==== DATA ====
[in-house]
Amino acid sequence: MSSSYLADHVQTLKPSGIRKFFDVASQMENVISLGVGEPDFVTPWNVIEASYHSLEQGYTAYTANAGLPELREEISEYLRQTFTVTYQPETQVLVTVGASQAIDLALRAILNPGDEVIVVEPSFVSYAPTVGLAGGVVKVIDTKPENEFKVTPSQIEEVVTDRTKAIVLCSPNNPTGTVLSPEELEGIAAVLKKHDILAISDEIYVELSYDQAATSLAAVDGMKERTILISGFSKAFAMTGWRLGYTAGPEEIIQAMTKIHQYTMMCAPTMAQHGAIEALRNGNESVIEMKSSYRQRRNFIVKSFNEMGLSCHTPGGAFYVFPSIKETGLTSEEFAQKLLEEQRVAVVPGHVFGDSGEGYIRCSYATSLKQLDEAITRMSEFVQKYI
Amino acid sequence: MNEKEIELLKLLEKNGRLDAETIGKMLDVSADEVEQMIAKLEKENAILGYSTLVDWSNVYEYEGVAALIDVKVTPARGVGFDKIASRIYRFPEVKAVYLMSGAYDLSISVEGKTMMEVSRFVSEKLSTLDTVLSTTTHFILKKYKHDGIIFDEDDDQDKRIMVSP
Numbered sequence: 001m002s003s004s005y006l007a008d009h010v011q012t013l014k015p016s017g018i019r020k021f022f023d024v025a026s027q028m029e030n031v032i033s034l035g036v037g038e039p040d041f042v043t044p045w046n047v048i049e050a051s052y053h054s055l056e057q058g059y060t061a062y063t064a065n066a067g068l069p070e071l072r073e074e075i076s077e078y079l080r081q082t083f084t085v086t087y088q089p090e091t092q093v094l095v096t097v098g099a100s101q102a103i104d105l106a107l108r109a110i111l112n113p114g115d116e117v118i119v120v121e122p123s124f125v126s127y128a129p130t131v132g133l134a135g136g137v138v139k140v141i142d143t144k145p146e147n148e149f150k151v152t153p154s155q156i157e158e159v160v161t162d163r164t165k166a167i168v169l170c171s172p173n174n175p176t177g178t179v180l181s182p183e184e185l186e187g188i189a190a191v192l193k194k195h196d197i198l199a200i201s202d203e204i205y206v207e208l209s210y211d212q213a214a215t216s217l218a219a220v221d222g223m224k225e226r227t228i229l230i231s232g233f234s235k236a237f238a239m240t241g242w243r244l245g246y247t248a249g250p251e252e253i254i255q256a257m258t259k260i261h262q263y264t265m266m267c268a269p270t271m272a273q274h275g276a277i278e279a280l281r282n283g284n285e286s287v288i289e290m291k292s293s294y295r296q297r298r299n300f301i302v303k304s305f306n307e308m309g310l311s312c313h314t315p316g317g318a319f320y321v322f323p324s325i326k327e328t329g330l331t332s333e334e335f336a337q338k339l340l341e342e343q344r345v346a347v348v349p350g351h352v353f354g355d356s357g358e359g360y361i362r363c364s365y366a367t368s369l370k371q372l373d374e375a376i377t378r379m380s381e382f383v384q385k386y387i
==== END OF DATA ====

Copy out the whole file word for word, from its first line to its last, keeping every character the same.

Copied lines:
[in-house]
Amino acid sequence: MSSSYLADHVQTLKPSGIRKFFDVASQMENVISLGVGEPDFVTPWNVIEASYHSLEQGYTAYTANAGLPELREEISEYLRQTFTVTYQPETQVLVTVGASQAIDLALRAILNPGDEVIVVEPSFVSYAPTVGLAGGVVKVIDTKPENEFKVTPSQIEEVVTDRTKAIVLCSPNNPTGTVLSPEELEGIAAVLKKHDILAISDEIYVELSYDQAATSLAAVDGMKERTILISGFSKAFAMTGWRLGYTAGPEEIIQAMTKIHQYTMMCAPTMAQHGAIEALRNGNESVIEMKSSYRQRRNFIVKSFNEMGLSCHTPGGAFYVFPSIKETGLTSEEFAQKLLEEQRVAVVPGHVFGDSGEGYIRCSYATSLKQLDEAITRMSEFVQKYI
Amino acid sequence: MNEKEIELLKLLEKNGRLDAETIGKMLDVSADEVEQMIAKLEKENAILGYSTLVDWSNVYEYEGVAALIDVKVTPARGVGFDKIASRIYRFPEVKAVYLMSGAYDLSISVEGKTMMEVSRFVSEKLSTLDTVLSTTTHFILKKYKHDGIIFDEDDDQDKRIMVSP
Numbered sequence: 001m002s003s004s005y006l007a008d009h010v011q012t013l014k015p016s017g018i019r020k021f022f023d024v025a026s027q028m029e030n031v032i033s034l035g036v037g038e039p040d041f042v043t044p045w046n047v048i049e050a051s052y053h054s055l056e057q058g059y060t061a062y063t064a065n066a067g068l069p070e071l072r073e074e075i076s077e078y079l080r081q082t083f084t085v086t087y088q089p090e091t092q093v094l095v096t097v098g099a100s101q102a103i104d105l106a107l108r109a110i111l112n113p114g115d116e117v118i119v120v121e122p123s124f125v126s127y128a129p130t131v132g133l134a135g136g137v138v139k140v141i142d143t144k145p146e147n148e149f150k151v152t153p154s155q156i157e158e159v160v161t162d163r164t165k166a167i168v169l170c171s172p173n174n175p176t177g178t179v180l181s182p183e184e185l186e187g188i189a190a191v192l193k194k195h196d197i198l199a200i201s202d203e204i205y206v207e208l209s210y211d212q213a214a215t216s217l218a219a220v221d222g223m224k225e226r227t228i229l230i231s232g233f234s235k236a237f238a239m240t241g242w243r244l245g246y247t248a249g250p251e252e253i254i255q256a257m258t259k260i261h262q263y264t265m266m267c268a269p270t271m272a273q274h275g276a277i278e279a280l281r282n283g284n285e286s287v288i289e290m291k292s293s294y295r296q297r298r299n300f301i302v303k304s305f306n307e308m309g310l311s312c313h314t315p316g317g318a319f320y321v322f323p324s325i326k327e328t329g330l331t332s333e334e335f336a337q338k339l340l341e342e343q344r345v346a347v348v349p350g351h352v353f354g355d356s357g358e359g360y361i362r363c364s365y366a367t368s369l370k371q372l373d374e375a376i377t378r379m380s381e382f383v384q385k386y387i